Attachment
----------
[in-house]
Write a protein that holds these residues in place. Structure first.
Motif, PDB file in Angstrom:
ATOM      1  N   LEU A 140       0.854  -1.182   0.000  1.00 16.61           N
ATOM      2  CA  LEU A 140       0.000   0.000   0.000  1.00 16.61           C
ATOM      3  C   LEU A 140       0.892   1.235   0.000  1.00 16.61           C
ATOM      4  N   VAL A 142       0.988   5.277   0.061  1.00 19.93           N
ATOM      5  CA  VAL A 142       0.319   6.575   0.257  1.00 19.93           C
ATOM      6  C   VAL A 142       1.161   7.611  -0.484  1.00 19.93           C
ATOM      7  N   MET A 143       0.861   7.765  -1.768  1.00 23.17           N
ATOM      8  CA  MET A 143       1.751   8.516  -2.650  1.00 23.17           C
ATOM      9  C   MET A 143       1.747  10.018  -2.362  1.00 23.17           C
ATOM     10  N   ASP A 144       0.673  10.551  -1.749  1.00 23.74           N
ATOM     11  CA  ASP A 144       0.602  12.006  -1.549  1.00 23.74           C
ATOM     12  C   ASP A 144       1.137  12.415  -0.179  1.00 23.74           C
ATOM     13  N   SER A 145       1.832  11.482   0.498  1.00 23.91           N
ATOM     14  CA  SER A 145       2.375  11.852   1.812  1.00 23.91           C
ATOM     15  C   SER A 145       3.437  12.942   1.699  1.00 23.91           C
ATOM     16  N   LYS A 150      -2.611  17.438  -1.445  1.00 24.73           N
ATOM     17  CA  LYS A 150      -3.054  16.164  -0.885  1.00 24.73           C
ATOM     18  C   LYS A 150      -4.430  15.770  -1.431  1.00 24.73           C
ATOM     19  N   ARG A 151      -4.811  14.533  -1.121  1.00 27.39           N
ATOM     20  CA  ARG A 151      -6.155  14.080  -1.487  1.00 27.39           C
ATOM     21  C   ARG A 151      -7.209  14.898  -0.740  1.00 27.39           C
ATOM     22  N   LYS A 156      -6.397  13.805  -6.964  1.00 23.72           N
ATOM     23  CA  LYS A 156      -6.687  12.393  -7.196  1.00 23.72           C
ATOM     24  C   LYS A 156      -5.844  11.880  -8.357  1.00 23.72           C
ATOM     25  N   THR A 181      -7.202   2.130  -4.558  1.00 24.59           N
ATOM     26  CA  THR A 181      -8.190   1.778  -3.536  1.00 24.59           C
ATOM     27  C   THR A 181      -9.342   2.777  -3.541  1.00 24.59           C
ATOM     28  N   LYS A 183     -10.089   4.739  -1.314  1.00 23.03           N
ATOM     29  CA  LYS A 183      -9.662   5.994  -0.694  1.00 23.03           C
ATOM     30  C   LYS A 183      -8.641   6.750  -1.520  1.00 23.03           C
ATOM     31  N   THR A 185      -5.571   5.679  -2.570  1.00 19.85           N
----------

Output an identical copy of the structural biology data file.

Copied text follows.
[in-house]
Write a protein that holds these residues in place. Structure first.
Motif, PDB file in Angstrom:
ATOM      1  N   LEU A 140       0.854  -1.182   0.000  1.00 16.61           N
ATOM      2  CA  LEU A 140       0.000   0.000   0.000  1.00 16.61           C
ATOM      3  C   LEU A 140       0.892   1.235   0.000  1.00 16.61           C
ATOM      4  N   VAL A 142       0.988   5.277   0.061  1.00 19.93           N
ATOM      5  CA  VAL A 142       0.319   6.575   0.257  1.00 19.93           C
ATOM      6  C   VAL A 142       1.161   7.611  -0.484  1.00 19.93           C
ATOM      7  N   MET A 143       0.861   7.765  -1.768  1.00 23.17           N
ATOM      8  CA  MET A 143       1.751   8.516  -2.650  1.00 23.17           C
ATOM      9  C   MET A 143       1.747  10.018  -2.362  1.00 23.17           C
ATOM     10  N   ASP A 144       0.673  10.551  -1.749  1.00 23.74           N
ATOM     11  CA  ASP A 144       0.602  12.006  -1.549  1.00 23.74           C
ATOM     12  C   ASP A 144       1.137  12.415  -0.179  1.00 23.74           C
ATOM     13  N   SER A 145       1.832  11.482   0.498  1.00 23.91           N
ATOM     14  CA  SER A 145       2.375  11.852   1.812  1.00 23.91           C
ATOM     15  C   SER A 145       3.437  12.942   1.699  1.00 23.91           C
ATOM     16  N   LYS A 150      -2.611  17.438  -1.445  1.00 24.73           N
ATOM     17  CA  LYS A 150      -3.054  16.164  -0.885  1.00 24.73           C
ATOM     18  C   LYS A 150      -4.430  15.770  -1.431  1.00 24.73           C
ATOM     19  N   ARG A 151      -4.811  14.533  -1.121  1.00 27.39           N
ATOM     20  CA  ARG A 151      -6.155  14.080  -1.487  1.00 27.39           C
ATOM     21  C   ARG A 151      -7.209  14.898  -0.740  1.00 27.39           C
ATOM     22  N   LYS A 156      -6.397  13.805  -6.964  1.00 23.72           N
ATOM     23  CA  LYS A 156      -6.687  12.393  -7.196  1.00 23.72           C
ATOM     24  C   LYS A 156      -5.844  11.880  -8.357  1.00 23.72           C
ATOM     25  N   THR A 181      -7.202   2.130  -4.558  1.00 24.59           N
ATOM     26  CA  THR A 181      -8.190   1.778  -3.536  1.00 24.59           C
ATOM     27  C   THR A 181      -9.342   2.777  -3.541  1.00 24.59           C
ATOM     28  N   LYS A 183     -10.089   4.739  -1.314  1.00 23.03           N
ATOM     29  CA  LYS A 183      -9.662   5.994  -0.694  1.00 23.03           C
ATOM     30  C   LYS A 183      -8.641   6.750  -1.520  1.00 23.03           C
ATOM     31  N   THR A 185      -5.571   5.679  -2.570  1.00 19.85           N